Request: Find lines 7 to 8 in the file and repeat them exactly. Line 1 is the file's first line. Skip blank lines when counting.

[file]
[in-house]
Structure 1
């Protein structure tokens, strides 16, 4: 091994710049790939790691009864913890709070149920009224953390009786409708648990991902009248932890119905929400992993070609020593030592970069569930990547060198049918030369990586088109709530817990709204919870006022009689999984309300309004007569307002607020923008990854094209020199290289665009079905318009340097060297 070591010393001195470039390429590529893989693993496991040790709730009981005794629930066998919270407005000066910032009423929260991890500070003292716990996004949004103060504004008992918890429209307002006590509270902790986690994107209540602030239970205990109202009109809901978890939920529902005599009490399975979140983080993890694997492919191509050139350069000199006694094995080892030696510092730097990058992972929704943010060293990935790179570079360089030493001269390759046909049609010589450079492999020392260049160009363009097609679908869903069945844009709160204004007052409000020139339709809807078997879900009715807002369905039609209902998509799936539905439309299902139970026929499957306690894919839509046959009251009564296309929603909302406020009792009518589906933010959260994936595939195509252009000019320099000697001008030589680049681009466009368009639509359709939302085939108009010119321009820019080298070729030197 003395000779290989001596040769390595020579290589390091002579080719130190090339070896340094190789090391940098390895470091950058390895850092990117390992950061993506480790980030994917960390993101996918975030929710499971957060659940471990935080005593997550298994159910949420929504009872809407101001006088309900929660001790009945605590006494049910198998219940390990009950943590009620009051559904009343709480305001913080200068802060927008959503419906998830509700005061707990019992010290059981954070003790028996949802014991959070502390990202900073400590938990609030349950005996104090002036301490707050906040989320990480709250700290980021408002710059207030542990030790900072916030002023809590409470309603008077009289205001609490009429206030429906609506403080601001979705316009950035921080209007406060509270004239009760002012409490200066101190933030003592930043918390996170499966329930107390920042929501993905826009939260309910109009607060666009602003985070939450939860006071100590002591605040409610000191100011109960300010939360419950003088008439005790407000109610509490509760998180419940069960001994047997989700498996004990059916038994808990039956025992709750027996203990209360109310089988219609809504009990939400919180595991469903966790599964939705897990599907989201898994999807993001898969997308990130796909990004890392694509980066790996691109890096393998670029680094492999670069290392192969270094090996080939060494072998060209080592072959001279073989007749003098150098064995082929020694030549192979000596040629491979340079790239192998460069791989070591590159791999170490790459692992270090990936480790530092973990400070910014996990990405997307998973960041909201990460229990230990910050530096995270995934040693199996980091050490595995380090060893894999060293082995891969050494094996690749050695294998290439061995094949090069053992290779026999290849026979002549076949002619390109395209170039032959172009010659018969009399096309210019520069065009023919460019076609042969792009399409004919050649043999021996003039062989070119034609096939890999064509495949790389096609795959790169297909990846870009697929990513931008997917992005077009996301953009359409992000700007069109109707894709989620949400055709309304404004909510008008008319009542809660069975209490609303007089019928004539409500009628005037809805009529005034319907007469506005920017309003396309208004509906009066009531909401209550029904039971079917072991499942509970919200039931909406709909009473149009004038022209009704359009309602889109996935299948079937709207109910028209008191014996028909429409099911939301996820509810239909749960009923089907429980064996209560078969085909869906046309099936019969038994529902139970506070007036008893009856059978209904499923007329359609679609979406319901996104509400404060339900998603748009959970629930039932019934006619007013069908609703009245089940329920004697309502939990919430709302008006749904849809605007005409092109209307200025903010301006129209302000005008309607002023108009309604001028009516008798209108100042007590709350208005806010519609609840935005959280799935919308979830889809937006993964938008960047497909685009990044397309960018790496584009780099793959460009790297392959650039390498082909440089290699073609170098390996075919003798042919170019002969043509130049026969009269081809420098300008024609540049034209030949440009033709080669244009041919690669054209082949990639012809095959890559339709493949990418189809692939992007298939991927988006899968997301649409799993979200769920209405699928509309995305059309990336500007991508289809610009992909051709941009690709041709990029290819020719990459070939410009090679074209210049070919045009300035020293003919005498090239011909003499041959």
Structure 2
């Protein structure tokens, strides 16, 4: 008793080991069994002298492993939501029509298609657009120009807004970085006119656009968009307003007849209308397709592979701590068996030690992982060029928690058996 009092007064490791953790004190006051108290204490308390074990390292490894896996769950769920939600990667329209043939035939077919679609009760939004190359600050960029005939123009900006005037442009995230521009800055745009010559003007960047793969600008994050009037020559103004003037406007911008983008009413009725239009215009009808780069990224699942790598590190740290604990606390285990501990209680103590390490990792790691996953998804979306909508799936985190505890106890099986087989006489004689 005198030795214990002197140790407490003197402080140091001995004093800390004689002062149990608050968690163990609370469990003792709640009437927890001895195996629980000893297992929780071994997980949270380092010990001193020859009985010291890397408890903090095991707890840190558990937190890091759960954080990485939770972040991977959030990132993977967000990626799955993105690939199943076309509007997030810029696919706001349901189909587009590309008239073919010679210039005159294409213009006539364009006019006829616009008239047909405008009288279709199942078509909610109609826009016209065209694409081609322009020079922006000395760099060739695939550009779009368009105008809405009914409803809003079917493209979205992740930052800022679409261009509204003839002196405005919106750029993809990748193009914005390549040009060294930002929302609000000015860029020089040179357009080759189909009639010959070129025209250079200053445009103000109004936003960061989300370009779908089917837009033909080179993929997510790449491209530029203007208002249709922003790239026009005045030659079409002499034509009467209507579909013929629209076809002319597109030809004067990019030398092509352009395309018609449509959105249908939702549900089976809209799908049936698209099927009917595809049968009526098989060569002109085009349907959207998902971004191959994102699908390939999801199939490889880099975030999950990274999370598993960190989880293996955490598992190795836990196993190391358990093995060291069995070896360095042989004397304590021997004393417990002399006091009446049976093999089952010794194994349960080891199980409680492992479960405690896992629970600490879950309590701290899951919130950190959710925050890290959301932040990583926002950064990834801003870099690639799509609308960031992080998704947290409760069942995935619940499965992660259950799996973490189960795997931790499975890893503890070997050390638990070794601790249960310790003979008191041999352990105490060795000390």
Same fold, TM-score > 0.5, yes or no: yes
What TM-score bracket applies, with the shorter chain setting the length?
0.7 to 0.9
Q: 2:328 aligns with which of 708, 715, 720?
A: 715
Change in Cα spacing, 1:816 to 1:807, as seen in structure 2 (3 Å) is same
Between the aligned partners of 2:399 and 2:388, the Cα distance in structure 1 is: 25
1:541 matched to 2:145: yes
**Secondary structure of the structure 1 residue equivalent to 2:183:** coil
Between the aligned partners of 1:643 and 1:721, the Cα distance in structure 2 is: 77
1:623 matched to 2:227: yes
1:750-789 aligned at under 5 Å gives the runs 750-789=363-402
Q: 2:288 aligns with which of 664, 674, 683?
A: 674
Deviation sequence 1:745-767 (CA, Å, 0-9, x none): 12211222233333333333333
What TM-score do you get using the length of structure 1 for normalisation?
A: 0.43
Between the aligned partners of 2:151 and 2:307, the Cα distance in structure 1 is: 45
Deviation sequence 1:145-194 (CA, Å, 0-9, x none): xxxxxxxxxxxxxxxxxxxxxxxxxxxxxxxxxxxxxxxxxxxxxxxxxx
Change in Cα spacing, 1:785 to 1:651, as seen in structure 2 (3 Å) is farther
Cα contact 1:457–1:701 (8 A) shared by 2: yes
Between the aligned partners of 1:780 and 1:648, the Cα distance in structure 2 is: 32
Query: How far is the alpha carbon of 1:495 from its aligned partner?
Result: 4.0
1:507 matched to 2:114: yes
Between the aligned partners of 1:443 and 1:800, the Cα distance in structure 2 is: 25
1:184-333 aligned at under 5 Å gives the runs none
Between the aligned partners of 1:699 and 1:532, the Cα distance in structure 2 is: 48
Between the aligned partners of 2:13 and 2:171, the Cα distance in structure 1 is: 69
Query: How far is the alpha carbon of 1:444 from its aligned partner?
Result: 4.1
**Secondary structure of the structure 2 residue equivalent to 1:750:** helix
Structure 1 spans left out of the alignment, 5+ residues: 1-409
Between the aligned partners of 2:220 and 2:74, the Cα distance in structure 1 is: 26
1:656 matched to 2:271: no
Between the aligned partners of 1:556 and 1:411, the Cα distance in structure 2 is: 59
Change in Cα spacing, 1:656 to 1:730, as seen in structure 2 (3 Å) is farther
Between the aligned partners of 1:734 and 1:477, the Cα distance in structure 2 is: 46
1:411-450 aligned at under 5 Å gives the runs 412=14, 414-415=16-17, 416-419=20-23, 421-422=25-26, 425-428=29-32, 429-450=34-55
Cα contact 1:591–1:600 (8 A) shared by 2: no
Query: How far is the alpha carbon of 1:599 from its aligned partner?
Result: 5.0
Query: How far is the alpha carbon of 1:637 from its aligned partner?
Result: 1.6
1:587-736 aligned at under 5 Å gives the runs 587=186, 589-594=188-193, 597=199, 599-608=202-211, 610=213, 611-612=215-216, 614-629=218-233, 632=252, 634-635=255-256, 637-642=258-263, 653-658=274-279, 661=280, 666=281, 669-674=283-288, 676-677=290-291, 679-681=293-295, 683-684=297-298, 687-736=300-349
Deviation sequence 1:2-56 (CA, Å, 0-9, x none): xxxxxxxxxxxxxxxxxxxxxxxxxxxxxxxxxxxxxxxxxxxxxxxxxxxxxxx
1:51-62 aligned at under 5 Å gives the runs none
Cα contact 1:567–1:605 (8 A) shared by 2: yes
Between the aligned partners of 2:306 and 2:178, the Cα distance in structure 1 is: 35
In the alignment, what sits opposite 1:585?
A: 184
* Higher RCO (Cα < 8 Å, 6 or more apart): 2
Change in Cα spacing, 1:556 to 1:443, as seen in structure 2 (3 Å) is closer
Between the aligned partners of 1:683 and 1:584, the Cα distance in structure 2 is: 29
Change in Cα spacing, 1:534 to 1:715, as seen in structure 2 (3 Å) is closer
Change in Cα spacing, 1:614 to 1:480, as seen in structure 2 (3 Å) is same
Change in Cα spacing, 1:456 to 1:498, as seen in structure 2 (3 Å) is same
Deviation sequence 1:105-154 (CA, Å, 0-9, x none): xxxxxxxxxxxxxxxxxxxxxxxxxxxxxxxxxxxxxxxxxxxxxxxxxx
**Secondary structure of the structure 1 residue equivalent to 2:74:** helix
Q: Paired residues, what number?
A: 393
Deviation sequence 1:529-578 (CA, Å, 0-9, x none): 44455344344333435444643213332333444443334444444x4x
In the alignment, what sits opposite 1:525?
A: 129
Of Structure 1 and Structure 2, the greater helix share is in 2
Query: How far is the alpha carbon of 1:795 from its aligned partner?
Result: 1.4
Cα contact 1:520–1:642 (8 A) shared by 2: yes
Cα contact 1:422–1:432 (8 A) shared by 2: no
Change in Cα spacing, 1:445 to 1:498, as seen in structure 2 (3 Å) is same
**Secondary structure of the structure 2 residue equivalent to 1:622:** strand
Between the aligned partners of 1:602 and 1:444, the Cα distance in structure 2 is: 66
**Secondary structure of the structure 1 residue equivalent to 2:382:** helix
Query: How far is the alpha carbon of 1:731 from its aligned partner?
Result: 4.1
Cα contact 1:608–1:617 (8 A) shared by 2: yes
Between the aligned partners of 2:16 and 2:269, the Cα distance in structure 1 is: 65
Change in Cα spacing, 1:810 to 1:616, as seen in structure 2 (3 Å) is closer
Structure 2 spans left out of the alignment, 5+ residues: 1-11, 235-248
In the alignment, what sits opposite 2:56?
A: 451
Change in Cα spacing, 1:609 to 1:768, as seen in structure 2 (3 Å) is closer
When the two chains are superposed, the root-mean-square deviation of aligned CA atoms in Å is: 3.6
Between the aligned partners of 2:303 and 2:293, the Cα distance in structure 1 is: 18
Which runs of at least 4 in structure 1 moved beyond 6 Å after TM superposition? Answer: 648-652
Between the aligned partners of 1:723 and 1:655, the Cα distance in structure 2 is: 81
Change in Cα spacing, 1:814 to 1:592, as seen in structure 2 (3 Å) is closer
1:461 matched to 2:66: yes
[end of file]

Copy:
What TM-score bracket applies, with the shorter chain setting the length?
0.7 to 0.9